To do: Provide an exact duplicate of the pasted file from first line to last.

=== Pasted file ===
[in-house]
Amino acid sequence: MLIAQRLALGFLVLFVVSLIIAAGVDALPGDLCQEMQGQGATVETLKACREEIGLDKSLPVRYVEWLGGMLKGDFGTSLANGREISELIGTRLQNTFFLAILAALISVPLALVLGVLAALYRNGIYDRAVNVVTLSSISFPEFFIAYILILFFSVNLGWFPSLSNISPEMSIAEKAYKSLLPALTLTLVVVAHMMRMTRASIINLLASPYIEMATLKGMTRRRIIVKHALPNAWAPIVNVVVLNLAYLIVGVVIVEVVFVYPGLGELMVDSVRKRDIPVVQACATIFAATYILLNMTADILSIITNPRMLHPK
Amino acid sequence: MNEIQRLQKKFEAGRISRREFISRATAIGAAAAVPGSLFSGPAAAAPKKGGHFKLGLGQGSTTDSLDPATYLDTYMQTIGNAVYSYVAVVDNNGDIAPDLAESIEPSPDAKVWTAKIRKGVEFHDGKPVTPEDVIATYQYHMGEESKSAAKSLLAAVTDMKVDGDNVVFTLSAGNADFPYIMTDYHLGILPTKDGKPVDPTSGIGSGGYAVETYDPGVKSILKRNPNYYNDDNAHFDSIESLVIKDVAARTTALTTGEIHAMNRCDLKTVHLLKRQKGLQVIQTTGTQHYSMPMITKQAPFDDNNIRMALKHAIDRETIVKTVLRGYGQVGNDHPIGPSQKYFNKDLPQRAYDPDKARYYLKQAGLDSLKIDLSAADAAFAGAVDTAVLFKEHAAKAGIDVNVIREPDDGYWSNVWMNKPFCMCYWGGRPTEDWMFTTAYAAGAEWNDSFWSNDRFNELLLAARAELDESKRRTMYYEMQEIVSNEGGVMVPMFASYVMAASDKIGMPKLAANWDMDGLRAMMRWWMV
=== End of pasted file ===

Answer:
[in-house]
Amino acid sequence: MLIAQRLALGFLVLFVVSLIIAAGVDALPGDLCQEMQGQGATVETLKACREEIGLDKSLPVRYVEWLGGMLKGDFGTSLANGREISELIGTRLQNTFFLAILAALISVPLALVLGVLAALYRNGIYDRAVNVVTLSSISFPEFFIAYILILFFSVNLGWFPSLSNISPEMSIAEKAYKSLLPALTLTLVVVAHMMRMTRASIINLLASPYIEMATLKGMTRRRIIVKHALPNAWAPIVNVVVLNLAYLIVGVVIVEVVFVYPGLGELMVDSVRKRDIPVVQACATIFAATYILLNMTADILSIITNPRMLHPK
Amino acid sequence: MNEIQRLQKKFEAGRISRREFISRATAIGAAAAVPGSLFSGPAAAAPKKGGHFKLGLGQGSTTDSLDPATYLDTYMQTIGNAVYSYVAVVDNNGDIAPDLAESIEPSPDAKVWTAKIRKGVEFHDGKPVTPEDVIATYQYHMGEESKSAAKSLLAAVTDMKVDGDNVVFTLSAGNADFPYIMTDYHLGILPTKDGKPVDPTSGIGSGGYAVETYDPGVKSILKRNPNYYNDDNAHFDSIESLVIKDVAARTTALTTGEIHAMNRCDLKTVHLLKRQKGLQVIQTTGTQHYSMPMITKQAPFDDNNIRMALKHAIDRETIVKTVLRGYGQVGNDHPIGPSQKYFNKDLPQRAYDPDKARYYLKQAGLDSLKIDLSAADAAFAGAVDTAVLFKEHAAKAGIDVNVIREPDDGYWSNVWMNKPFCMCYWGGRPTEDWMFTTAYAAGAEWNDSFWSNDRFNELLLAARAELDESKRRTMYYEMQEIVSNEGGVMVPMFASYVMAASDKIGMPKLAANWDMDGLRAMMRWWMV